Trucks & SUVs

Everything Went Wrong for the 2017 Ram 3500

When it comes to top-of-the-line, heavy-duty trucks, the Ram 3500 appears to be a solid choice. It’s comfortable with impressive hauling and towing capabilities. It was fully redesigned in 2019 along with the Ram 2500. It offers a mighty powertrain with an award-winning selection of configurations that can handle everything from road trips to big construction jobs.

But if you look at the recent history of the Ram 3500, you’ll notice there were a number of complaints about that model for a variety of reasons. What went wrong with the 2017 model of the Ram 3500? Should you consider this model if you’re searching for a good used truck?

What went wrong with the 2017 Ram 3500?

The picture is grim when you look up the 2017 Ram 3500 on Consumer Reports. CR assigned the truck its poorest reliability rating, putting it dead last in its class. On top of that, there have been 10 NHTSA recalls on it. Clearly, a lot went wrong here.

Most troubling are the ratings for the suspension and transmission minor.  There were multiple suspension problems including the alignment, ball joints, bushings, power steering, shocks and struts, springs and torsion bars, steering linkage, tie rods, and wheel bearings. There are also problems with electronic or air suspension.

Minor transmission issues included clutch adjustments, gear selector and linkage, leaks, rough shifting, transmission slipping, and glitches with transmission computers, sensors, and solenoids. Major transmission problems required having the transmission entirely replaced or rebuilt. Sometimes, the clutch needed to be replaced, and other times, the torque converter.

There were other minor problems with the engine and truck’s body. There were problems with belts, pulleys, and engine mounts. It wasn’t uncommon to experience engine knocks, pings, or oil leaks.

While it wasn’t a safety issue, the in-car electronics were a mess. Various components of the system that includes media players, radio, speakers, GPS, and other communication systems experienced freezing or blackout moments.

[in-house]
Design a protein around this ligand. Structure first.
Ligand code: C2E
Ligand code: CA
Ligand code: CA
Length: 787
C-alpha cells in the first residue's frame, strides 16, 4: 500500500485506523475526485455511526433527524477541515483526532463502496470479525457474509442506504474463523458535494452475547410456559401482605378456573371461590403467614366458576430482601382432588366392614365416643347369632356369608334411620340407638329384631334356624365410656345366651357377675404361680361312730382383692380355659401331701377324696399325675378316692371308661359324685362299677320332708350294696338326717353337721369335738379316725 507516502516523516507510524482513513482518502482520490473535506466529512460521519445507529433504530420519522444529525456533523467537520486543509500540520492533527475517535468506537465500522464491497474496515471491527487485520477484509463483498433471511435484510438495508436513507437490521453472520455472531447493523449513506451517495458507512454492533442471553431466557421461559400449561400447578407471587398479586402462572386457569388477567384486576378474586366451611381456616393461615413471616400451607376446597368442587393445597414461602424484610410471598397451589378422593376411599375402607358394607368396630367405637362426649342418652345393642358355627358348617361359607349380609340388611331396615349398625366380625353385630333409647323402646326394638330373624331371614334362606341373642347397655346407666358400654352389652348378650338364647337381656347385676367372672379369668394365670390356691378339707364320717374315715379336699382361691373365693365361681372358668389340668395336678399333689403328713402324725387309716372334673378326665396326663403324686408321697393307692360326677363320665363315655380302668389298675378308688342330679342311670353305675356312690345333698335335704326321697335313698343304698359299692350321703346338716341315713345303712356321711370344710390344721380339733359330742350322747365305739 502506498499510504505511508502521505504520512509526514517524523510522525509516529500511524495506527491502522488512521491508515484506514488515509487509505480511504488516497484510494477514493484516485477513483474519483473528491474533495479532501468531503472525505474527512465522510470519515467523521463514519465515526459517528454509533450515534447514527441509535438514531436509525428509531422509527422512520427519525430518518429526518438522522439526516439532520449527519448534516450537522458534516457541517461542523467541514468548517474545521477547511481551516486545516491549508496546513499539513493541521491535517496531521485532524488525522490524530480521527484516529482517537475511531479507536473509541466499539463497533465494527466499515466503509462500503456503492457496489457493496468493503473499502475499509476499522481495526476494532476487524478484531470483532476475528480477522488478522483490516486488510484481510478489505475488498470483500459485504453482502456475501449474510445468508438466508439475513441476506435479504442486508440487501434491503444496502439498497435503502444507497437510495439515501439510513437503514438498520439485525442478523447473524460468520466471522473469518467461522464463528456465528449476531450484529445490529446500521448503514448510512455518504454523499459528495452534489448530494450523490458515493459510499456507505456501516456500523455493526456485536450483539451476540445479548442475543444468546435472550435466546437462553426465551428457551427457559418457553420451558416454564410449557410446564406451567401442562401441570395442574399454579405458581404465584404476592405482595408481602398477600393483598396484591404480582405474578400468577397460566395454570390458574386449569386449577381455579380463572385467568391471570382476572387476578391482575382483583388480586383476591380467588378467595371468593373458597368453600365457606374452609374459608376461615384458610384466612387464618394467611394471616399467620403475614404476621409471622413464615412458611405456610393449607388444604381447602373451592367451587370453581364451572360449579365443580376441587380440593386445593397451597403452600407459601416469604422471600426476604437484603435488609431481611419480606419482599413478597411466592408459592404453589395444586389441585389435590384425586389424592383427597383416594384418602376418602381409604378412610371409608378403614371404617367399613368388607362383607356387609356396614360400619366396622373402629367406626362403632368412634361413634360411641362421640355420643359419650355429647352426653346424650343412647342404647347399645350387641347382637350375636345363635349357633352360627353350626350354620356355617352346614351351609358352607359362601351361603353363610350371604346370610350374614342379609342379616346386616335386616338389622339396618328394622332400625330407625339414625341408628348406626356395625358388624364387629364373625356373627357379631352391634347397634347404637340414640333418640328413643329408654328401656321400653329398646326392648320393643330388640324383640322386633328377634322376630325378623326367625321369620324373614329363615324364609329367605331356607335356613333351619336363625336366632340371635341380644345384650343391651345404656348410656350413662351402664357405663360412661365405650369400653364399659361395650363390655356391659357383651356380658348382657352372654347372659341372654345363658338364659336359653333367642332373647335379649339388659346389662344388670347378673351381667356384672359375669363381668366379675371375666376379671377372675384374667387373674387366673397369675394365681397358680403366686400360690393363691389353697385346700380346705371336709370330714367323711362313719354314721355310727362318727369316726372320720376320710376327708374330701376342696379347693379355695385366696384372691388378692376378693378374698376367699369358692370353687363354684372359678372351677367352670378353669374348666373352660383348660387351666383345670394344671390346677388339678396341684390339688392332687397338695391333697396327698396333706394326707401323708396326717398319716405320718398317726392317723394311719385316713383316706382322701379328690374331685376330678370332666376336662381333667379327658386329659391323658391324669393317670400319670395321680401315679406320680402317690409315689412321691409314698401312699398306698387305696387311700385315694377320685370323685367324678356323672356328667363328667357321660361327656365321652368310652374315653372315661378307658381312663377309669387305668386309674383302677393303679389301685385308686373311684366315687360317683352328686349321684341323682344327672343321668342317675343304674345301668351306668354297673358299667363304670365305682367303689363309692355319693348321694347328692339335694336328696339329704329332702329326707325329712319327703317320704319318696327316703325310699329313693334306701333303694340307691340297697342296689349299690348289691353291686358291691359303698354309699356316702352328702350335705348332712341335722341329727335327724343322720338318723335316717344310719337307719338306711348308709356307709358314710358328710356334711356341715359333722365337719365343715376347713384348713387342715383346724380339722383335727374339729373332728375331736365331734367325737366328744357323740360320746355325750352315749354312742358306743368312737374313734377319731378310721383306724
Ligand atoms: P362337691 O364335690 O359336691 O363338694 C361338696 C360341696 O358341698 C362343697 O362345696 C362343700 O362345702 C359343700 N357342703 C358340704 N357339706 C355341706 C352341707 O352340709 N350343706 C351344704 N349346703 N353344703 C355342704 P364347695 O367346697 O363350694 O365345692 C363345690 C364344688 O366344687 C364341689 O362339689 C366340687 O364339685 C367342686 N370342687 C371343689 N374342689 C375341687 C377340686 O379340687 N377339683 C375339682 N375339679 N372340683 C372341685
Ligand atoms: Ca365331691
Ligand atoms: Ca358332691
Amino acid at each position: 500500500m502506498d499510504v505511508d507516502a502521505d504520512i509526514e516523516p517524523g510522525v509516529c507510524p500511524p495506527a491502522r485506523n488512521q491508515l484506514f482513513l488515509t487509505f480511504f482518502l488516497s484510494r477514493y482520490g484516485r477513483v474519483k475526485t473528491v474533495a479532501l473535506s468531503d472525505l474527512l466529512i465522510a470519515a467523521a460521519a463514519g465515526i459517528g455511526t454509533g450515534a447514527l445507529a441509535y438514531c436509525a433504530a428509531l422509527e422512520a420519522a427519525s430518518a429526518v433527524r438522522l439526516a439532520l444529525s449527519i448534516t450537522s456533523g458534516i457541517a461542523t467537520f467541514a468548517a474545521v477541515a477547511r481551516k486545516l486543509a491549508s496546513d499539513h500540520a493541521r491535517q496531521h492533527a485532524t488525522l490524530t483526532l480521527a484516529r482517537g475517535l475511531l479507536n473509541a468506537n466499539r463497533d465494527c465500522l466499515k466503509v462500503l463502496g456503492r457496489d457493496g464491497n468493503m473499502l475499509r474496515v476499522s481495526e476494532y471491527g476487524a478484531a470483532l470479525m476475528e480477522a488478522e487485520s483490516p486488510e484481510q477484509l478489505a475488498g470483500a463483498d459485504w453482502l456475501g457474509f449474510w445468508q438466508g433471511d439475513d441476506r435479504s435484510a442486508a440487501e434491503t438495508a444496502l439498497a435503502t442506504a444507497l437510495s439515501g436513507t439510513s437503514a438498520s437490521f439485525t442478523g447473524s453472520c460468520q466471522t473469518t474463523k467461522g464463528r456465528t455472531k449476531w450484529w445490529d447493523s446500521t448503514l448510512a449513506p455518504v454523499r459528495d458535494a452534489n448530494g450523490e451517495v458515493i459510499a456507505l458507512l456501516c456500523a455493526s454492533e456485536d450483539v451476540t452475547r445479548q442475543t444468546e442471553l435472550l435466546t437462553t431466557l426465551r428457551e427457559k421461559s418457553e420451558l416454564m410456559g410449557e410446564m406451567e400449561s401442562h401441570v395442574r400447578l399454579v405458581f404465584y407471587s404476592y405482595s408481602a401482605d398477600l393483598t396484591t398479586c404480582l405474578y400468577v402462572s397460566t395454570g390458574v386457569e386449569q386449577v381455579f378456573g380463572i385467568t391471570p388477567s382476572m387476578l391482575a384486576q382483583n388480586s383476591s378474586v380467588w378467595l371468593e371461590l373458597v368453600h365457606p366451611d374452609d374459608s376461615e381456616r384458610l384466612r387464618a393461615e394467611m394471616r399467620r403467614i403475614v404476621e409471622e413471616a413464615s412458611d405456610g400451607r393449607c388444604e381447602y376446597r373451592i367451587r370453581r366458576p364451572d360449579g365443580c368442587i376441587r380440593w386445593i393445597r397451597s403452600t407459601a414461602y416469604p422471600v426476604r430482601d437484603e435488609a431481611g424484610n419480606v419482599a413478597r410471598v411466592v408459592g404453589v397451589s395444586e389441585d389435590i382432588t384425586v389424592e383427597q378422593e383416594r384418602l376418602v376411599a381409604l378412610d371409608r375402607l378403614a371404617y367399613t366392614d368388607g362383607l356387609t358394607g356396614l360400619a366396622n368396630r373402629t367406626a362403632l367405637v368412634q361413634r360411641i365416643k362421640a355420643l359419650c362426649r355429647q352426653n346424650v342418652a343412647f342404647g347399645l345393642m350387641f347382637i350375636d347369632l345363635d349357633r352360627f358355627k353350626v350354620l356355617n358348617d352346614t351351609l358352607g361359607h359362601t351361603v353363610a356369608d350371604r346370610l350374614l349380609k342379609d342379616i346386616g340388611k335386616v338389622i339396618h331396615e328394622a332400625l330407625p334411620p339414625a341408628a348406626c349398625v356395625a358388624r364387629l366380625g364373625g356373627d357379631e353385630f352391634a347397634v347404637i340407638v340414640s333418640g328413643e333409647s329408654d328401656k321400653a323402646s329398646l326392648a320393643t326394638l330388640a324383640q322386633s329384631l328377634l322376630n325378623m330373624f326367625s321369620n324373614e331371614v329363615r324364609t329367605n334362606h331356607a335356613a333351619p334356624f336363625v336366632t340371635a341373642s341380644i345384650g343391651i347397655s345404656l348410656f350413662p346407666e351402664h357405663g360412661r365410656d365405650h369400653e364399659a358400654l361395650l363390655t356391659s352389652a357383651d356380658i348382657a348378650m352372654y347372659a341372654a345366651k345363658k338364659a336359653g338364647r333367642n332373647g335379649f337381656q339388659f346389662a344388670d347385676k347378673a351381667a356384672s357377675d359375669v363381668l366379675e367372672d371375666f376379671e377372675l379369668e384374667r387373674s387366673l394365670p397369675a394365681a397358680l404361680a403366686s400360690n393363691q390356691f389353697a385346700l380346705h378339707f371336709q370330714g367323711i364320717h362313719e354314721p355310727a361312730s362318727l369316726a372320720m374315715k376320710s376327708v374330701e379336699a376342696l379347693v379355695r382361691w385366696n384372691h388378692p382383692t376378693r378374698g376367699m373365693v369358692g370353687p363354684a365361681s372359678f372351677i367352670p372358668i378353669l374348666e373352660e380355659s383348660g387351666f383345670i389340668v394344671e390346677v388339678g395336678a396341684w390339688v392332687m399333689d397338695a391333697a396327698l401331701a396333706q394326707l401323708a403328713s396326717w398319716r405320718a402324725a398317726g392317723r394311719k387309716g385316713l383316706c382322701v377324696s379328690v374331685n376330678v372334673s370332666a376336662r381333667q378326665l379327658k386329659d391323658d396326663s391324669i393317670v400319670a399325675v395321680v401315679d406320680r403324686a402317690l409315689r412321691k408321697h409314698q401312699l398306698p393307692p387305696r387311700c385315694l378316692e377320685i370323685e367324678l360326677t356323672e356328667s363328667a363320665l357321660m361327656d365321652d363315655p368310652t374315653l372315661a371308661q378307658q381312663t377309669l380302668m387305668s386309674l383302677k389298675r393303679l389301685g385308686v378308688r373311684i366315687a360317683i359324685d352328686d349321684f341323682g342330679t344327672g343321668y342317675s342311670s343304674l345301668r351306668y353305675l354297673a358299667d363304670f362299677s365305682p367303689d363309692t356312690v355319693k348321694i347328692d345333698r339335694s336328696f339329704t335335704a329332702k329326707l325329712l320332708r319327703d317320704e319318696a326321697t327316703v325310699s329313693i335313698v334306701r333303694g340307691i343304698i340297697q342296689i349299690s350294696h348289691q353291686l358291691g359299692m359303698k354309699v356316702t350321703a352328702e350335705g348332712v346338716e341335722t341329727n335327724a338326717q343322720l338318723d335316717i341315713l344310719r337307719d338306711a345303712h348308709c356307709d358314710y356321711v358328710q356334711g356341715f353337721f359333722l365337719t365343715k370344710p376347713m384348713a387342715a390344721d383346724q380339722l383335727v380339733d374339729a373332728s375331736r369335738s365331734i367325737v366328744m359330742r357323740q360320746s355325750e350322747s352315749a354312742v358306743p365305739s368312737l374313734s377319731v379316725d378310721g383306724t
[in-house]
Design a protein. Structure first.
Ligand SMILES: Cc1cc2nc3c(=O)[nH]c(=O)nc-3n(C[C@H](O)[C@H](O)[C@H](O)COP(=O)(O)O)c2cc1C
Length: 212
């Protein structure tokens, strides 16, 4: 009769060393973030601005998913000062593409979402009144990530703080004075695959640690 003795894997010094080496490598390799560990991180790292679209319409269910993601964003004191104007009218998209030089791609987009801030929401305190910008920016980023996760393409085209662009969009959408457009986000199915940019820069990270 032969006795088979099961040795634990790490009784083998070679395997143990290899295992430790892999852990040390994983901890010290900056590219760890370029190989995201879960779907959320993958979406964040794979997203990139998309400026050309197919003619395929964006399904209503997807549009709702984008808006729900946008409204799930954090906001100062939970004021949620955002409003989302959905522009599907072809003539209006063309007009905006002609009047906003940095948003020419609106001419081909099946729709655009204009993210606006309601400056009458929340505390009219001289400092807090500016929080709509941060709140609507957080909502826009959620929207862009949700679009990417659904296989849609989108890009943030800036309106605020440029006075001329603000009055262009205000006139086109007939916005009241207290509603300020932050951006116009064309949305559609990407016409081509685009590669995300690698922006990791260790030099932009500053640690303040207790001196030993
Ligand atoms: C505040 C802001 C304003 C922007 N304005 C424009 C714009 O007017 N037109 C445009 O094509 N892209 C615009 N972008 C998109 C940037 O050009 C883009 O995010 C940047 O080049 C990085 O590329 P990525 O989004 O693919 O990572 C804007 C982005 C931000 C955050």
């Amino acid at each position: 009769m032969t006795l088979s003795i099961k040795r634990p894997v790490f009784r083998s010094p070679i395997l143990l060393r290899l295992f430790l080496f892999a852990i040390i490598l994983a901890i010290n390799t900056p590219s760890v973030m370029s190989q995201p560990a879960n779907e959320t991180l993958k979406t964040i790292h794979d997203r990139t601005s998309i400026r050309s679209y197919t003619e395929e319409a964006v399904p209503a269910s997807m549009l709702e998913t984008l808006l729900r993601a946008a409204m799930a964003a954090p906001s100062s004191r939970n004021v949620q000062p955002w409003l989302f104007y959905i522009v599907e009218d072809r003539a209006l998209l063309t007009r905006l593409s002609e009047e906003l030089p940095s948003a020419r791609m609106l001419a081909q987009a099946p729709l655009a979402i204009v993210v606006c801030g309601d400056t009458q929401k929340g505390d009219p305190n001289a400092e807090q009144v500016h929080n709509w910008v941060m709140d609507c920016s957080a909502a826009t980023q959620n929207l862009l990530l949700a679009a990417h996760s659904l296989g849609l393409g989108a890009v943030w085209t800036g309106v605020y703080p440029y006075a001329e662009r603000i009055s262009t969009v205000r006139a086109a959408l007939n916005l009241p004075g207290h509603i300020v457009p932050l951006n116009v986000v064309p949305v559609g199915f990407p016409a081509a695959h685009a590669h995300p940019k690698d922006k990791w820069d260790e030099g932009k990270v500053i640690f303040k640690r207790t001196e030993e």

Why people complained

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When it came to what car owners actually complained about on the 2017 models of Ram 3500, it made perfect sense. 

One Texas owner commented on their experience with fuel contamination. CarComplaints.com gave the issue a 10, the worst severity rating they could assign a car problem. The problem struck at 7,250 miles. Inexplicably, the truck just died. No codes were thrown and no alerts came on. The owner experienced this five times in one trip before giving up and calling a tow service.

The mechanic recommended taking it to the dealer who informed them it was fuel contamination and not covered by warranty. They ultimately lost the truck that was meant for their business or faced a $14,000 fuel system replacement. 

A California owner complained about horrible vibration in the vehicle. They started experiencing the problem at 50 miles. They claimed that once the vehicle reached a speed of 70 mph, the vibration was so terrible the owner feared it would bounce off the road. 

Another owner in Washington experienced a caliper gasket leak within 15,000 miles of getting their Ram 3500. Car Complaints gave it their worst severity rating of 10. During a routine oil change, they were told the brake caliper was leaking and that the truck was unsafe to drive. They had to rely on a rental for 90 days because no parts were available to fix it. The owner wasn’t happy having to pay truck payments, insurance payments, and more for a vehicle they wouldn’t get to use for three months.

Fixes moving forward

While the reviews on the new 2020 models of the Ram 3500 appear to be promising, Consumer Reports tells a different story. 

Consumer Reports gave the 2018 models of Ram 3500 a one out of five reliability rating also. There were seven NHTSA recalls on the 2018 models. No data is available from CR on the 2019 models at all aside from listing there were three NHTSA recalls. 

There’s a predicted reliability rating for the 2020 models on Consumer Reports, and it’s a one out of five. While no other data is available, it appears that CR is basing their rating on past models. It would likely take significant improvement for CR to change their mind.

On CarComplaints.com, there’s one complaint filed for the 2019 models. A Connecticut owner complained of a metal grinding sound on acceleration, but that’s all. So far, there are no complaints about the 2020 models.

If you’ve got your heart set on a Ram 3500 as either a new or used truck, proceed with caution. Hopefully, between the NHTSA and FCA recalls, they’ll get the various issues with the popular heavy-duty truck resolved. Until then, you may want to try a Ford F-350 or a Chevy Silverado 3500.